I remember it as one of the best days of the year when I was released from that job. Called into the Vice President’s office, I was informed that I had just completed my last day. No negative performance review tainted my reputation. In hindsight, I think I worked myself out of the job as I caught the company up on what had been a host of unfinished projects like the watches. I remember being exuberant when I told my fiancé that I had been let go. As you might imagine, he was not comparably enthused! In contrast, I was just so relieved it was like I could breathe, and think, and live again.
My initial excitement wore off. I worked several part-time service industry jobs to make ends meet. I evaluated my future professional goals considering the job I’d just left behind. I learned I work best as part of a team. I knew I could, for a short time, take a job. But, if possible, I would always apply for and seek to invest in meaningful work. I discovered I am mission and purpose-driven (really, most of us are), and that translates into the professional roles I pursue.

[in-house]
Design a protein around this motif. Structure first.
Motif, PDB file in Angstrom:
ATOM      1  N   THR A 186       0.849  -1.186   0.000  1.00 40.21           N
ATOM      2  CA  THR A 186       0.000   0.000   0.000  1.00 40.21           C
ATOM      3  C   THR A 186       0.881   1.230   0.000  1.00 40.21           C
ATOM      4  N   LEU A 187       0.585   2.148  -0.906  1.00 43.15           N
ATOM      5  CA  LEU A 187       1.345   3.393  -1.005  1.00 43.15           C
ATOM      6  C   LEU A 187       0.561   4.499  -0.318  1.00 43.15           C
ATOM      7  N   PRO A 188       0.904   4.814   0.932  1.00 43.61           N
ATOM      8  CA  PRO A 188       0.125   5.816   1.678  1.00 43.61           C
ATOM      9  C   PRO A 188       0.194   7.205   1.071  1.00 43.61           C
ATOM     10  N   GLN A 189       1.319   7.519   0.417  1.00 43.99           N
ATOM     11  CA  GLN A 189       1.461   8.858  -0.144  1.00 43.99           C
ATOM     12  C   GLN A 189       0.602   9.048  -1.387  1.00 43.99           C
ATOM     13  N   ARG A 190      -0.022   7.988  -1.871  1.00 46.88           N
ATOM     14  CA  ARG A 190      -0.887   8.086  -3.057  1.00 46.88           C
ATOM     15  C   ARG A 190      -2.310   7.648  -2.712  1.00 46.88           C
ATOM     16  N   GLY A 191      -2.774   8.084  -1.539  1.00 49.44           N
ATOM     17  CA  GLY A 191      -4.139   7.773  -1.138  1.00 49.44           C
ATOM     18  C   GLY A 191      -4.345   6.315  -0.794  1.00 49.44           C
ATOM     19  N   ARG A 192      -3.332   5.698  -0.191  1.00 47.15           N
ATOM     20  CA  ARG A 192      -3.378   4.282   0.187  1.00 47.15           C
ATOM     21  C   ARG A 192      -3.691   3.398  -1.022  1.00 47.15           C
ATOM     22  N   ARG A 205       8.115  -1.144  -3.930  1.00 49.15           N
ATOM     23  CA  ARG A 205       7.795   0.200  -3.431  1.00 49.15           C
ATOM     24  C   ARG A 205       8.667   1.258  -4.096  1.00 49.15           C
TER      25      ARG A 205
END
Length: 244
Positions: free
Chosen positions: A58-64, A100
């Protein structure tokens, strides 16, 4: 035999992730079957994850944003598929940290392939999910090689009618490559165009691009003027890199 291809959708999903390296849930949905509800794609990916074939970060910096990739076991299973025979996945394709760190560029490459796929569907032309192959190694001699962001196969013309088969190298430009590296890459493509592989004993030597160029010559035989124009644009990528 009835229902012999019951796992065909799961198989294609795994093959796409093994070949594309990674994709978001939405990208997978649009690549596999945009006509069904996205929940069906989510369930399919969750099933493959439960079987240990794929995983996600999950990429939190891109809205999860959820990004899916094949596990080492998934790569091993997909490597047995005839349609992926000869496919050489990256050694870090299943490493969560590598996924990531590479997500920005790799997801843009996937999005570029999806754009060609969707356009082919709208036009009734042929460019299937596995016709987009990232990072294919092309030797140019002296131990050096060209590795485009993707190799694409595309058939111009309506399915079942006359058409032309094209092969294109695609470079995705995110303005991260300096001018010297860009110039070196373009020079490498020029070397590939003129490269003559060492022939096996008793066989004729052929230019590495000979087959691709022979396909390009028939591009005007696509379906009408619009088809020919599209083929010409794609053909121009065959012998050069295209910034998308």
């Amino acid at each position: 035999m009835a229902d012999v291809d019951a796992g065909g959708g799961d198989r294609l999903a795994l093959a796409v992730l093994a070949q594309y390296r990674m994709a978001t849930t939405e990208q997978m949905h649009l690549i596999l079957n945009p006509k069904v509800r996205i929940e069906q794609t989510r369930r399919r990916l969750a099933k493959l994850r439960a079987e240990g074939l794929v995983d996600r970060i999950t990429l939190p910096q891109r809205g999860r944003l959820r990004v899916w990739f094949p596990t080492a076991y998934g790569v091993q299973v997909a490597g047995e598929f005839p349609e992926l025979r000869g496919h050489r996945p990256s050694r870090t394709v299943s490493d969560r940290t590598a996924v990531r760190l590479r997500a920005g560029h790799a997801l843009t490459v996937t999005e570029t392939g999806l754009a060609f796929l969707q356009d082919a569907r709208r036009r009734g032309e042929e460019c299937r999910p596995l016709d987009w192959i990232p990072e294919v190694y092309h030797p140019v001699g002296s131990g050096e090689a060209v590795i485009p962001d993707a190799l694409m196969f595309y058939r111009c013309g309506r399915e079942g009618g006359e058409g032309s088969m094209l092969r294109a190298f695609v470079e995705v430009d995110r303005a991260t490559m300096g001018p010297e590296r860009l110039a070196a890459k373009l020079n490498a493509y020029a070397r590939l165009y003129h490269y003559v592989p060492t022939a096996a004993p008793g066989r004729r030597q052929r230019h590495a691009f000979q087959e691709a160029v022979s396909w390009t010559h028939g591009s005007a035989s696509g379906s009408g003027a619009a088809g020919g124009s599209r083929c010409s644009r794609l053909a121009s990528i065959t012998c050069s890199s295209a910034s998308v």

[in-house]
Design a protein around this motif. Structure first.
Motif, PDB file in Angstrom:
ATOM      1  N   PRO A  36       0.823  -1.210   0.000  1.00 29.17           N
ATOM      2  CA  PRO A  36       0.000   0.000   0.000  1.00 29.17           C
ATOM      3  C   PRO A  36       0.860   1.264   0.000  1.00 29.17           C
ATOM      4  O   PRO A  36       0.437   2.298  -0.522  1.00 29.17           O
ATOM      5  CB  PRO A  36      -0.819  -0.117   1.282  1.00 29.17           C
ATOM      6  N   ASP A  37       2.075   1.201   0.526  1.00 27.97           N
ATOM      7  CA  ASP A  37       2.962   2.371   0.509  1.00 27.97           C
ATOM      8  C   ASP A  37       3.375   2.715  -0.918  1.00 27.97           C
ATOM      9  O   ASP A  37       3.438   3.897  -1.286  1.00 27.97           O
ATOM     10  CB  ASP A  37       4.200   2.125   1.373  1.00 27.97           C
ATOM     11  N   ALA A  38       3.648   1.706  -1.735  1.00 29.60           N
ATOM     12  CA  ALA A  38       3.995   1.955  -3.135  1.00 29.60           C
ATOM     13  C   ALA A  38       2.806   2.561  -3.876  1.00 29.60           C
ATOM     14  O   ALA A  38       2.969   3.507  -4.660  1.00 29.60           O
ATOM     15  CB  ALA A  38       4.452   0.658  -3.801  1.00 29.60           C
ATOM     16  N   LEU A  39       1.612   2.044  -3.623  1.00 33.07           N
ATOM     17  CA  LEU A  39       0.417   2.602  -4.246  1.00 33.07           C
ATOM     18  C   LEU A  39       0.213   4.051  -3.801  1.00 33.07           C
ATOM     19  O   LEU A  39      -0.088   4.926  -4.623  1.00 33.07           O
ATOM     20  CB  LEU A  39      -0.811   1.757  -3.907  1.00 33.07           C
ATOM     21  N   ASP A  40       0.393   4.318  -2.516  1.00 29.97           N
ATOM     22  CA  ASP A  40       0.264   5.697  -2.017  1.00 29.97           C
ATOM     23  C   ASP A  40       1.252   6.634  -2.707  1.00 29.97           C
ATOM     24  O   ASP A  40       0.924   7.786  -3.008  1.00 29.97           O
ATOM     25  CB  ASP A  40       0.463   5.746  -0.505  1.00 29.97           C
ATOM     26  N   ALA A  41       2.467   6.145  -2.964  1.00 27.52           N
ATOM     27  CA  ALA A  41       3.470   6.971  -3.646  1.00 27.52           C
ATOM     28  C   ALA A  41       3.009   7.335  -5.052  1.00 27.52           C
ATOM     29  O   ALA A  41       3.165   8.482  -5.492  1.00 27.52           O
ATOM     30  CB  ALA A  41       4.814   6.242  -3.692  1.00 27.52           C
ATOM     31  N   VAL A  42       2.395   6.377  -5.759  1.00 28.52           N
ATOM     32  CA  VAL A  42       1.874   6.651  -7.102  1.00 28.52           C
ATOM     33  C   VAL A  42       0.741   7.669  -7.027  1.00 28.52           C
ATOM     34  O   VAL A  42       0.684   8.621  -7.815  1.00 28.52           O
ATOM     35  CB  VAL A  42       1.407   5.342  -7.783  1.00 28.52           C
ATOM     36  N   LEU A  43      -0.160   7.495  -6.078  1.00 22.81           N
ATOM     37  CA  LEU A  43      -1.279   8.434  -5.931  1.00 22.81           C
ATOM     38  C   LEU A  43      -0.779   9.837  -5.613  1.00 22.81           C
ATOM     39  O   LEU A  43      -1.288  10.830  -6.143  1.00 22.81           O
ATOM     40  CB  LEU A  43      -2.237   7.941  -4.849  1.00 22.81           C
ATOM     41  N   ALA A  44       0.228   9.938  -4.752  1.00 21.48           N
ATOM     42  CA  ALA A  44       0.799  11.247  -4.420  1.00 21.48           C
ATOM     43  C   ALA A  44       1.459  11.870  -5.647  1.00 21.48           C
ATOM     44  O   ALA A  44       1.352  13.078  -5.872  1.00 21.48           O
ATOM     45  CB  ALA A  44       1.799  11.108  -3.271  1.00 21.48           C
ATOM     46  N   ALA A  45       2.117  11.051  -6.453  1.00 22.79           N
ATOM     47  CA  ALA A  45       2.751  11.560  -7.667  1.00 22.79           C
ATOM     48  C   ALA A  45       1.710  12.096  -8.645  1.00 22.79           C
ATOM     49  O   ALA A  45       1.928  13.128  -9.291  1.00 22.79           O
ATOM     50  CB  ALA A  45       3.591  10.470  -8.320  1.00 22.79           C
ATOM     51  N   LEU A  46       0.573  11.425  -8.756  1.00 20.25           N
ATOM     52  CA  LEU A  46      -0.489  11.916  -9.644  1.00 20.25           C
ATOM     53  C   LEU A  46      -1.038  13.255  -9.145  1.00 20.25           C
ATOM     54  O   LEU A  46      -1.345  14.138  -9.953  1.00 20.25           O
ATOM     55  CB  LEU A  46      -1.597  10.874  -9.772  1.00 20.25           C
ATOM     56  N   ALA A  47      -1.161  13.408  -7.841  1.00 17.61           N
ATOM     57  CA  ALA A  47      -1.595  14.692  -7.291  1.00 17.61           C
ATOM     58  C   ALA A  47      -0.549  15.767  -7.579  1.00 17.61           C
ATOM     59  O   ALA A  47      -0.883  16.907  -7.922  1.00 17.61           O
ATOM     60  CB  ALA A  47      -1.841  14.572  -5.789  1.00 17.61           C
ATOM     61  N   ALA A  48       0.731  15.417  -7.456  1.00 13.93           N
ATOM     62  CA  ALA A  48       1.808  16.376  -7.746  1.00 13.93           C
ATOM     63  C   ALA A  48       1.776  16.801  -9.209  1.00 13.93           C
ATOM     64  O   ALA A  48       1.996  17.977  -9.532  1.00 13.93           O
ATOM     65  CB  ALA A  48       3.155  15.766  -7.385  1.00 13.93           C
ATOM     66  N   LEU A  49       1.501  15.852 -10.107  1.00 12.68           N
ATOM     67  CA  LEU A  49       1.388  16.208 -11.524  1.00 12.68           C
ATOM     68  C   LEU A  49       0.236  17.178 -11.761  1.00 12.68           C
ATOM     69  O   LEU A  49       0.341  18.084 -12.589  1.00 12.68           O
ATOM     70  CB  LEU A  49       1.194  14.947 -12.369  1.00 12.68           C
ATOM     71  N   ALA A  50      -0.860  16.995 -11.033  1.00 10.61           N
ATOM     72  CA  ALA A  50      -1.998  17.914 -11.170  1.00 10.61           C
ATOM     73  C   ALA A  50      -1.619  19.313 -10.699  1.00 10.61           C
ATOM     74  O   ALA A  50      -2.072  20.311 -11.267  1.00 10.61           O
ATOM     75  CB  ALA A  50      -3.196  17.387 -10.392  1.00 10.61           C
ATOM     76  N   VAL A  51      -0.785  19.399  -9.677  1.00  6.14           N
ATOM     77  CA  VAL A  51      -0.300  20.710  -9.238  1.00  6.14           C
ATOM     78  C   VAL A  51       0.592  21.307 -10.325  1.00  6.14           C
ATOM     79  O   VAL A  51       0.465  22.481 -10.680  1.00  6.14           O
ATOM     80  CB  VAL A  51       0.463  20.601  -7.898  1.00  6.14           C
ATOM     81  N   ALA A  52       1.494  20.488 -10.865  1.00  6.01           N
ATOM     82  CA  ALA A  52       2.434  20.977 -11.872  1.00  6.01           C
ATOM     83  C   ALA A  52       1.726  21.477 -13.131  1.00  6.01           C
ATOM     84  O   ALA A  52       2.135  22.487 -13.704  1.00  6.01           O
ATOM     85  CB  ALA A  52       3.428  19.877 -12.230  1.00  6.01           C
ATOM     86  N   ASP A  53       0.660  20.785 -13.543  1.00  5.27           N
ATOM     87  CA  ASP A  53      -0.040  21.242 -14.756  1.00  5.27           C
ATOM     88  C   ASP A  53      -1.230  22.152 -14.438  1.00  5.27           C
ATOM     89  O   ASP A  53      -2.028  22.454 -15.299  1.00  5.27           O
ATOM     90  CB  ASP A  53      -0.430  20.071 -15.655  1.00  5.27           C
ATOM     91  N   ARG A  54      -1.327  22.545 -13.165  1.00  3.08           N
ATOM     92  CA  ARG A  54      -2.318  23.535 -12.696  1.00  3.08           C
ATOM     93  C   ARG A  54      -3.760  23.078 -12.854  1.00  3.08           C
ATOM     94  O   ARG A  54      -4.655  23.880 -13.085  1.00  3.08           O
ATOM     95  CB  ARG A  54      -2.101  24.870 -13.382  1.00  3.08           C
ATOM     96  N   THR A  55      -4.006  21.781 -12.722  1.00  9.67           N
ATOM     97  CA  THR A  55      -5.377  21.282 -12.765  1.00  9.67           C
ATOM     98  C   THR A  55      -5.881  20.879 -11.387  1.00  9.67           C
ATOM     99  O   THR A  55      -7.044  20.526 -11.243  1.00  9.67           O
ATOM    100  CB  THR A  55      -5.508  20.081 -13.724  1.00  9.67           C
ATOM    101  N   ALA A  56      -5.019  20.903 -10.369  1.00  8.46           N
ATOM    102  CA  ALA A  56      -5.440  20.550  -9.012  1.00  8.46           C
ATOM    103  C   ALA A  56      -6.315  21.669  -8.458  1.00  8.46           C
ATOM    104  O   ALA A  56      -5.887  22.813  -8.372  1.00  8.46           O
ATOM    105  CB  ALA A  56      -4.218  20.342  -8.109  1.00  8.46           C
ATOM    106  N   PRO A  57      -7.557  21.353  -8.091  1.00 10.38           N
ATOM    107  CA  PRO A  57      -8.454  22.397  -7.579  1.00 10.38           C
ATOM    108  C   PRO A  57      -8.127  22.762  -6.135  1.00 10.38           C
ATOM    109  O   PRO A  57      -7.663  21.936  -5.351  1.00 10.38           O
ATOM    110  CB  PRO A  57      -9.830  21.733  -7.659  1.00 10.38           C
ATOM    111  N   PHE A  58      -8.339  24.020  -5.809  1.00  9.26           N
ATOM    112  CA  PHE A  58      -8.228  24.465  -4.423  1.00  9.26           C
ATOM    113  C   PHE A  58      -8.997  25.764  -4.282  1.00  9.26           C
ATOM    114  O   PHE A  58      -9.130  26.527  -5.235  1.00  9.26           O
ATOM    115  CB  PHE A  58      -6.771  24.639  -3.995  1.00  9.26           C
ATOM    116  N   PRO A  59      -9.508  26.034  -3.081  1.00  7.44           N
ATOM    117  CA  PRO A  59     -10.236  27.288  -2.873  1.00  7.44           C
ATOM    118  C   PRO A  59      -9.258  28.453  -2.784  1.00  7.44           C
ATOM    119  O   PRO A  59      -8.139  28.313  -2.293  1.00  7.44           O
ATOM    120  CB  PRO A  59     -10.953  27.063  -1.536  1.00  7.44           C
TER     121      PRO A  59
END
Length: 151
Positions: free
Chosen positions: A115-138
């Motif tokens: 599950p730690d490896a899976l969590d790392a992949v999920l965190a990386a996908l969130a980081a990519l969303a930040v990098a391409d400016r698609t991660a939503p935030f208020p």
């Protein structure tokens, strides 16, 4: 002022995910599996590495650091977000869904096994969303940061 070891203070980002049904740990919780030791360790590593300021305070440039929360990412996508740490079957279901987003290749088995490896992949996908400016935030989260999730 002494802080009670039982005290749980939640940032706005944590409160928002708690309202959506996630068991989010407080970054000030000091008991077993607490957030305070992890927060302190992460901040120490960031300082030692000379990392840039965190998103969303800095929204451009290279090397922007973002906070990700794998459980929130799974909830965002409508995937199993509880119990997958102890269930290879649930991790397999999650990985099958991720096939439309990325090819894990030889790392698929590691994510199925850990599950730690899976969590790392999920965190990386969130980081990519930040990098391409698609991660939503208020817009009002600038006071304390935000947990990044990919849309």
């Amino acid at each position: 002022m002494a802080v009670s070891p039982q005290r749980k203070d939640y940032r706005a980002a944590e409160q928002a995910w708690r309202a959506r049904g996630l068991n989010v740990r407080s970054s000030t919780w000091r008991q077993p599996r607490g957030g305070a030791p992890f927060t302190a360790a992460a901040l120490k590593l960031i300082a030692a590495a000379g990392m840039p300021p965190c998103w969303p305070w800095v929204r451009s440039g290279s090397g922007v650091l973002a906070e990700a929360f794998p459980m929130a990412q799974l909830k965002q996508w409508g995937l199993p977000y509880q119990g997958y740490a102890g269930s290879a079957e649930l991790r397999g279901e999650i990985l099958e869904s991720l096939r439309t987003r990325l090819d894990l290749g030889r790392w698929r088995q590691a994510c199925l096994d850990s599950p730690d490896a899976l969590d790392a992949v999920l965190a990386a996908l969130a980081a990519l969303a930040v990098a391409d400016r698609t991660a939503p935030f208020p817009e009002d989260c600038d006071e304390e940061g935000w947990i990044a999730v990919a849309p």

Something powerful was formed in me through this experience. I had been toying with the idea of a graduate degree, and several months of unsatisfying work moved me to apply to the program of my choice. One class at a time, I earned the degree and began consistently seeking opportunities that opened doors for meaningful work. I sought and secured professional roles that made me optimistic for the future, allowed me to take part in a mission, and offered me the opportunity to progress toward clear goals.
And then, in God’s good time and favor, I became a mom. My career took the best turn of all. My husband and I determined the mission, vision, and purpose of my work. I was the primary caretaker in charge of our children’s physical training, spiritual formation, and human development–under my husband’s leadership. By the time our third child arrived, I no longer worked full time. I maintained part-time employment outside the home. Three more children were born to us, and by now, I was homeschooling too.